Baby teeth have several vital functions in your child’s mouth and therefore are necessary to keep healthy until they naturally become loose and fall out. Baby teeth help your child with talking, biting, chewing and smiling. Baby teeth are also the space holders for adult teeth, and if they are lost prematurely, they can cause problems with the spacing and alignment of the future adult teeth. Cavities and infections of baby teeth can also cause your child unnecessary pain and distress. Your baby will get their first baby teeth around six months old and lose their last baby teeth around 12 years old, so there are many years of critical care.
Listed below are ways to help keep your child’s smile healthy.
- Even before any teeth erupt in your baby’s mouth, begin by using a damp cloth or gauze to clean their gums before bed
- When the first baby teeth erupt around six months old, start using a small toothbrush with bristles to clean the teeth after milk and before bed
- Never dip their soother in anything sweet
- Only put milk or water in their bottle. Juice has lots of sugar that can lead to cavities
- Try not to put your baby to bed at night with their bottle. The constant bathing of the teeth in milk can cause cavities
- Work at eliminating the soother or thumb sucking habit around the age of 2-3, as both of these habits can cause permanent alignment issues with the teeth and jaw
- Start using fluoridated toothpaste around the age of 3 (all you need is a small dot, about the size of the tip of a pen!)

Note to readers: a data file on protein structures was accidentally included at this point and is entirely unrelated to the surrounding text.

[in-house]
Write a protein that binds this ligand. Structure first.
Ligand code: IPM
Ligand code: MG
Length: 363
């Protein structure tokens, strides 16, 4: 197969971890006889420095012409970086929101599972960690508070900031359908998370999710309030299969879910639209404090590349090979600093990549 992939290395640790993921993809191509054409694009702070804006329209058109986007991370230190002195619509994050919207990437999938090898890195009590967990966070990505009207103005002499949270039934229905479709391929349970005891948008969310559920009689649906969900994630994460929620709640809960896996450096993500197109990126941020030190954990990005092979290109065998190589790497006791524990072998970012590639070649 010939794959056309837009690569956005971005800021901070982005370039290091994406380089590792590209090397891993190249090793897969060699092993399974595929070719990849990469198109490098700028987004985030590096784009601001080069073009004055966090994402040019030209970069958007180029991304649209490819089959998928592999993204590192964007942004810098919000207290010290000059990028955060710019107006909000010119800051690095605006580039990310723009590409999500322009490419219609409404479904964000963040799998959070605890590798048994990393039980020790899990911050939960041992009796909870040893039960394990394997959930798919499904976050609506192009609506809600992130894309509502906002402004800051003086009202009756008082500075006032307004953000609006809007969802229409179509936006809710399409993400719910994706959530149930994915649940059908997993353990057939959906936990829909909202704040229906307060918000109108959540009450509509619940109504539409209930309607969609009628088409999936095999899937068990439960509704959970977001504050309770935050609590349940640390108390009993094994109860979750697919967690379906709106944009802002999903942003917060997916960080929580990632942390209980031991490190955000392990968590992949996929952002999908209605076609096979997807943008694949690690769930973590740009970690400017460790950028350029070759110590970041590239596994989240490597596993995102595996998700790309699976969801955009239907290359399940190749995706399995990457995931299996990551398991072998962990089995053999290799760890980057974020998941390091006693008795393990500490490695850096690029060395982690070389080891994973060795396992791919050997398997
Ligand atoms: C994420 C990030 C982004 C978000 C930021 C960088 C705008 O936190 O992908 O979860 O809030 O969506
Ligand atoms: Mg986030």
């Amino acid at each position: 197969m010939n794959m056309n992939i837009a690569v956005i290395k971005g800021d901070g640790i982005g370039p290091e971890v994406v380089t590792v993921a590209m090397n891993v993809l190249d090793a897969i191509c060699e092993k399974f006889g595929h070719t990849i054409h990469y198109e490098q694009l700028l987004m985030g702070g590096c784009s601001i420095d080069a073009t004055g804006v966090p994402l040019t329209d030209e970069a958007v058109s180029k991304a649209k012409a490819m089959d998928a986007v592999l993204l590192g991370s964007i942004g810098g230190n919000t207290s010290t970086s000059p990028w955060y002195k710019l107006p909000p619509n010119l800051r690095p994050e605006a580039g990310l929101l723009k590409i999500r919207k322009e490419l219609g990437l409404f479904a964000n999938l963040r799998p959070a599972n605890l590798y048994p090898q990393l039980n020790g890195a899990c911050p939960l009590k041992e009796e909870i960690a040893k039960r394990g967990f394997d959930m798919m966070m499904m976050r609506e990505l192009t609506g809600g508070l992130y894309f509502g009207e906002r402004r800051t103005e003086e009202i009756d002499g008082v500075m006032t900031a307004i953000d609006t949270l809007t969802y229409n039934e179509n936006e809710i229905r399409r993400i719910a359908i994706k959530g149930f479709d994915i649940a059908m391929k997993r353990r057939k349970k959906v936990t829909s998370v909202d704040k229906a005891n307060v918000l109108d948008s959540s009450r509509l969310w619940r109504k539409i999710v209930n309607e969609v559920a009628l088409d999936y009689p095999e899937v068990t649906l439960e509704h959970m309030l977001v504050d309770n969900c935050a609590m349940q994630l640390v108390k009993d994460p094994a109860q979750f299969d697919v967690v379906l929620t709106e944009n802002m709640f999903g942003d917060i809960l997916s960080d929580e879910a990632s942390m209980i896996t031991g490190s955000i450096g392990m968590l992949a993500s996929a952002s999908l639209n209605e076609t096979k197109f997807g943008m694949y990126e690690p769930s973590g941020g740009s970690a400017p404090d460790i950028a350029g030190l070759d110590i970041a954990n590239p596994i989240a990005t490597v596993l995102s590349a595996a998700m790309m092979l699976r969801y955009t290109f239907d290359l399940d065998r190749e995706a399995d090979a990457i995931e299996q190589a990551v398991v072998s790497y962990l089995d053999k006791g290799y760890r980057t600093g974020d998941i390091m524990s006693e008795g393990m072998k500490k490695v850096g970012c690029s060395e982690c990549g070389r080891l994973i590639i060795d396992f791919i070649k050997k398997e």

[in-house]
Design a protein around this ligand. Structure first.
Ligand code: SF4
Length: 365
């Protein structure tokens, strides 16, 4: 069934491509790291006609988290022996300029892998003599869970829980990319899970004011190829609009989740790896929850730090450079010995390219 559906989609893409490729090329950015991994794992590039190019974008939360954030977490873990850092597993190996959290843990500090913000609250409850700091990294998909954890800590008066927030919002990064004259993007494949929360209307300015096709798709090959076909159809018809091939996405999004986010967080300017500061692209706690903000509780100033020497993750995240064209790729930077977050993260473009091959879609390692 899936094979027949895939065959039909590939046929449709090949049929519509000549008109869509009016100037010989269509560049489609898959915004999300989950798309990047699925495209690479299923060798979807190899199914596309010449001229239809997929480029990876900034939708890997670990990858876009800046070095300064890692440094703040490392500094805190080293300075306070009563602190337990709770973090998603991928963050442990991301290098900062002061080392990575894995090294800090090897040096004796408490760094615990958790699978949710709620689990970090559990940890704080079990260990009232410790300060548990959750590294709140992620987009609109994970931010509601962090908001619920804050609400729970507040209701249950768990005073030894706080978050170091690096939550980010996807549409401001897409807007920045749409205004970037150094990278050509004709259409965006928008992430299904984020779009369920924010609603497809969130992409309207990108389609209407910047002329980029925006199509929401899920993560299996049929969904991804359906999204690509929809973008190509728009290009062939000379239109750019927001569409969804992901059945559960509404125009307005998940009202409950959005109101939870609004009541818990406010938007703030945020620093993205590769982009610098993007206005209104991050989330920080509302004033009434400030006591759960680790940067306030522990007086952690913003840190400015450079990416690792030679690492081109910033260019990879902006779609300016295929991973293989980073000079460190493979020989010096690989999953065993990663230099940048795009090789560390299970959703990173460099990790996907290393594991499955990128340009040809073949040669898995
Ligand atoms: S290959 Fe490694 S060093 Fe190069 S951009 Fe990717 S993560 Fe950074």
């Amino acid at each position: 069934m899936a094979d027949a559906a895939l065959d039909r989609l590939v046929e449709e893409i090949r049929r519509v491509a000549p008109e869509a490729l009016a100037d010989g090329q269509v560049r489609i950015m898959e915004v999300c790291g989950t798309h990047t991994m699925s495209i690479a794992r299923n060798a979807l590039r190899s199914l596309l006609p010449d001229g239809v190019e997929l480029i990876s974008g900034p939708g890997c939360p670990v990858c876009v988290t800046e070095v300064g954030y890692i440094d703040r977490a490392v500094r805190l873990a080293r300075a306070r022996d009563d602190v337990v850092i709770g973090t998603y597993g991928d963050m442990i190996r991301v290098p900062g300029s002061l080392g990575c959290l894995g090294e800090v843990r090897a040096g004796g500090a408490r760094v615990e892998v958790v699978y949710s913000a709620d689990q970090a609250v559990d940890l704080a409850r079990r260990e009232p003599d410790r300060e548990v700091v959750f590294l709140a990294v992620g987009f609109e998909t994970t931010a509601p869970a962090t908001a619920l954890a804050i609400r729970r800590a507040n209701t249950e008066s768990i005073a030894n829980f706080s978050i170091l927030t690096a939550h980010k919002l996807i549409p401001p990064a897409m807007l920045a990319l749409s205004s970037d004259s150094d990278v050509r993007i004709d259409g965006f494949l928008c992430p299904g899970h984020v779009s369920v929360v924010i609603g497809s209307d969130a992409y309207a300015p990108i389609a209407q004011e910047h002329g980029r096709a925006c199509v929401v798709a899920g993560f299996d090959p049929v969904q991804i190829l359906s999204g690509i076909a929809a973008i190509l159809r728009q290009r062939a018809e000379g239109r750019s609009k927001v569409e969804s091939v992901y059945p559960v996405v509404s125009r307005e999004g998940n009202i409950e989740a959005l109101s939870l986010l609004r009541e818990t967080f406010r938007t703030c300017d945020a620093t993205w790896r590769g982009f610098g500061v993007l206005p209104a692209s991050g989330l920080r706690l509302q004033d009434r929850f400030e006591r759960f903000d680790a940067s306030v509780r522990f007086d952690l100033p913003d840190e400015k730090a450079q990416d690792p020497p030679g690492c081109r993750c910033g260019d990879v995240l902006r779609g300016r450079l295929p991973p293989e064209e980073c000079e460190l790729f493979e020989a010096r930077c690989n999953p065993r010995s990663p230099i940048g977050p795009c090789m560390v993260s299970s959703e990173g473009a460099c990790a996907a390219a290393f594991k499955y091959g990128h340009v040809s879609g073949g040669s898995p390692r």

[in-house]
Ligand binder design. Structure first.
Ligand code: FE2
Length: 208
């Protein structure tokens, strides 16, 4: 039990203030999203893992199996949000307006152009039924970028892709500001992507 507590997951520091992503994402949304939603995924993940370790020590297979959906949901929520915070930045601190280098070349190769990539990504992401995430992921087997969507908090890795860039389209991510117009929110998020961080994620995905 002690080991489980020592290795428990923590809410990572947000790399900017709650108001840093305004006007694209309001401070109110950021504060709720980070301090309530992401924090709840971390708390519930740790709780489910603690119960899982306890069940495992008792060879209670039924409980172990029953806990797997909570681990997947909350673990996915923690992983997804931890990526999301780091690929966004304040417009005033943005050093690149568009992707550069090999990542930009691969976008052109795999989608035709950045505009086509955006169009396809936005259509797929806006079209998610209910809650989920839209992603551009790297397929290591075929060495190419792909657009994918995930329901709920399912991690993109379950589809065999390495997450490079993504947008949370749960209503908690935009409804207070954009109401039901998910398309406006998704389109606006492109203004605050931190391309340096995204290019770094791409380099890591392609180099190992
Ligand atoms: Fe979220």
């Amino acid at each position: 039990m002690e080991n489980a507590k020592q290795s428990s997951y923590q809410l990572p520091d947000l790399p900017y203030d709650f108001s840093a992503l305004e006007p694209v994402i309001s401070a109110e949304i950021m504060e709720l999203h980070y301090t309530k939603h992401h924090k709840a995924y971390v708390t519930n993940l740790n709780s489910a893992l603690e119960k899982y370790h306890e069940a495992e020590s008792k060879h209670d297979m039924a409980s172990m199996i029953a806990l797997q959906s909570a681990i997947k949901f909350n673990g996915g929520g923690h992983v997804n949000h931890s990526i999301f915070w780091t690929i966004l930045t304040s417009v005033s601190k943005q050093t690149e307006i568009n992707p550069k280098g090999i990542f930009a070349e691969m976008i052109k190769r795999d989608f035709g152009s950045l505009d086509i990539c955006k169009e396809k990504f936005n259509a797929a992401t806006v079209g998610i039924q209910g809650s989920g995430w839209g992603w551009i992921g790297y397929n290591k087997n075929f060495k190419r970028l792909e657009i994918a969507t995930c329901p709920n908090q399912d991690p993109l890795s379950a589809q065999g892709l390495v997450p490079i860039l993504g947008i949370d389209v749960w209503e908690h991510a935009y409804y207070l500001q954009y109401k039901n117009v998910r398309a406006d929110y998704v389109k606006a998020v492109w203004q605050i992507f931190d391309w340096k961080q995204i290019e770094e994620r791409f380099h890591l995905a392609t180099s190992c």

- Reduce your child’s intake of sugary foods, in particular, any foods that are gummy, chewy or sticky. They get stuck in the biting surfaces of teeth and lead to cavities
- Begin helping your child floss around the age of 4, this is when the contacts in their molars close in, and a toothbrush is no longer sufficient
- If your child is particularly cavity-prone, get them to use a fluoride mouth wash or products containing xylitol, which will help reduce the cavity risk
- Help your child with brushing and flossing until the age of 7 or 8
- If your child has a fall or injury that affects their mouth, or if they complain of pain in their mouth, it is essential for them to see their dentist
- Make sure to bring your child to the dentist for regular check-ups and cleaning appointments with their dentist and dental hygienist. During these visits, their teeth and gums will be assessed, and brushing and flossing will be reviewed
If you have any questions about ways to keep your child’s smile healthy, contact us today to schedule an appointment.